Wednesday, April 24, 2019

Owen Brown Descendant Looks at John Brown's Hudson

Marty Ann Brown and Tom Vince in the WRA Archives
photo by Betsy Barry
It was a pleasure for your WRA Archivist & Historian to welcome Marty Ann Brown to Hudson this past week and show her something of her ancestor’s home town, a tour of John Brown’s Hudson. Marty Ann Brown, who lives in Portland, Oregon and is with the Oregon State University Press, was attending a conference in Columbus when she came to Hudson to explore the place that her ancestors called home. Marty is a direct descendant of Owen Brown, who came to Hudson in 1805, of his son John Brown, known as the abolitionist leader who led the raid on Harpers Ferry in 1859, and of Jason Brown, John’s son who was born in 1823 at Old Tannery Farm on the road now called Hines Hill Road.

Allyn Marzulla, photographer, Marty Brown, and
Tom Vince inside the historic house at Old Tannery Farm
photo by Carol Smith
It was in 1818 that John Brown and his step-brother, Levi Blakeslee, came up to the hill on what was then called Chapman Road to start a tannery on the creek. John married Hudson girl Dianthe Lusk in 1820 and almost immediately began to build the house that still stands on that historic property. Their son, Jason Brown, who would live longer than any of John’s 20 children, was born there in 1823. Owner Carole Smith was gracious enough to host Marty Brown and I and photographer Allyn Marzulla on a tour of that house, then we walked around the expansive property to look at Brandywine Creek, the likely location of the old tannery, and the outbuildings that date from the early 20th century.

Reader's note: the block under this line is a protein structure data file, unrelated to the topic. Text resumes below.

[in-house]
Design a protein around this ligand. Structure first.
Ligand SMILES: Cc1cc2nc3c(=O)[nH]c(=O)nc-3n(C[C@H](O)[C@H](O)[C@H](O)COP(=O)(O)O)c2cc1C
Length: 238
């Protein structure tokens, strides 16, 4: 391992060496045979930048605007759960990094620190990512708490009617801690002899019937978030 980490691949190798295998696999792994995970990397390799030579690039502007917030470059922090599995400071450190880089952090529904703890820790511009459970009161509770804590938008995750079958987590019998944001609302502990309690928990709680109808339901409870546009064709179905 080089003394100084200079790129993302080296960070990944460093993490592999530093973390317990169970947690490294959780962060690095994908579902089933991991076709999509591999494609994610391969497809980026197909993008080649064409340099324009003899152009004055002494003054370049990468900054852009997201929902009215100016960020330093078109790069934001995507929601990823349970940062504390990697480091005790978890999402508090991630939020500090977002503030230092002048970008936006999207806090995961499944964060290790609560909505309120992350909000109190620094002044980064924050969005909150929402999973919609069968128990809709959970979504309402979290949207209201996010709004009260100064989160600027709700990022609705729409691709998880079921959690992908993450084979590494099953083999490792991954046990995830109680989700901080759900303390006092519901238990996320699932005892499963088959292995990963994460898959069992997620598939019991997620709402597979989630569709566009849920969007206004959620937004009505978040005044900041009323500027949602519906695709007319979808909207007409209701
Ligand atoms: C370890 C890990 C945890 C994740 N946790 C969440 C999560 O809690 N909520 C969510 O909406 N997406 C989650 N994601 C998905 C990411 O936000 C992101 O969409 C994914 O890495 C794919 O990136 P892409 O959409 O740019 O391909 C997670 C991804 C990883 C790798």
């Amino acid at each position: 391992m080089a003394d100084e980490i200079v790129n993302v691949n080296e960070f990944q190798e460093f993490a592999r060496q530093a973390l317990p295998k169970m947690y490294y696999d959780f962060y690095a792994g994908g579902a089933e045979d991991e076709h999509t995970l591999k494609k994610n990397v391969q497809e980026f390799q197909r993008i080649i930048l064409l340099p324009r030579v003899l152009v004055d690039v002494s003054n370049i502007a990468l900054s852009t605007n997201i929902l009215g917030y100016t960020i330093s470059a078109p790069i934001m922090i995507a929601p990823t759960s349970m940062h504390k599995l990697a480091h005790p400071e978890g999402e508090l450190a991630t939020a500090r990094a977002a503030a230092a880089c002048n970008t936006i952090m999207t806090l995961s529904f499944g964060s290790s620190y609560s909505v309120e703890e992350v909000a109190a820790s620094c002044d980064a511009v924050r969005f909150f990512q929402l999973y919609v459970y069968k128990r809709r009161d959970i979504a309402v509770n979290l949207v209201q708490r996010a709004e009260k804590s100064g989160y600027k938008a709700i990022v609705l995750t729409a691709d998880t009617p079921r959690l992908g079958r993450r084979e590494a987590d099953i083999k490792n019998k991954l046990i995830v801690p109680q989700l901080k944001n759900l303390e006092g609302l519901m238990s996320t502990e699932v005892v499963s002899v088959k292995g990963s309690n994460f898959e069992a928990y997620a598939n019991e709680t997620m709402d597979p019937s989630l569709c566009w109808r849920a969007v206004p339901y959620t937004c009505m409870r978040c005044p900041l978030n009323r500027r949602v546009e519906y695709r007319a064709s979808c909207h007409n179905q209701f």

The garden house in foreground with the main house
at Old Tannery Farm. House John Brown built dates from 1823
photo by Allyn Marzulla
We also took our visitor to Chapel Street Cemetery, where Owen Brown and his wife, Ruth Mills Brown, both ancestors of Marty Brown, are buried. In that cemetery can be found the grave of War of 1812 veteran, Captain Amos Lusk, father of Dianthe Lusk Brown, another of our visitor’s ancestors. It was surprising to our visitor to learn that Owen Brown was a founding trustee of our school in 1826 and that he was one of three trustees who were responsible for erecting some of the buildings that we use today.

Descendant Marty Brown and Archivist Tom Vince
at the grave of Owen Brown at Hudson's Chapel Street Cemetery
photo by Allyn Marzulla

We also discussed Charles Storrs Adair of Kansas, a nephew of John Brown who had known him during the fight for a free Kansas. Adair came to Hudson to attend the old Preparatory School in 1860 and stayed for two years before going back home to enlist in the Second Kansas Cavalry, where he distinguished himself. Another stop was at the home and barn of Jeremiah Brown, the brother of John, located on Route 303 near Fox Trace. His house dates to the 1850’s, and it is said that the rifles used at Harpers Ferry were stored in the barn behind the house. Jeremiah later acted as agent for the estate of his brother after 1859. His nephew, Charles Storrs Adair of Kansas Territory, stayed with Jeremiah’s family while he was a student.

Marty Brown and Tom Vince at Jeremiah Brown's barn in
Hudson where the rifles for Harpers Ferry may have been stored
photo by Allyn Marzulla
Our visitor also had a chance to visit the grave of her direct ancestor, Jason Brown (1823-1912) who died in Akron a month before his 90th birthday and is buried at Glendale Cemetery. Like his famous father, Jason traveled much and lived for years in southern California. His son in Akron persuaded Jason to come home to Summit County. Some additional the photos of our recent tour around town are posted below.

Marty Brown signs the guest book at Old Tannery
Farm while owner Carole Smith and Tom Vince look on
photo by Allyn Marzulla

Tom Vince at tombstone of WRA founder
David Hudson at Chapel Street Cemetery
photo by Allyn Marzulla

Marty Brown and Tom Vince at the
Jeremiah Brown House in Hudson
photo by Allyn Marzulla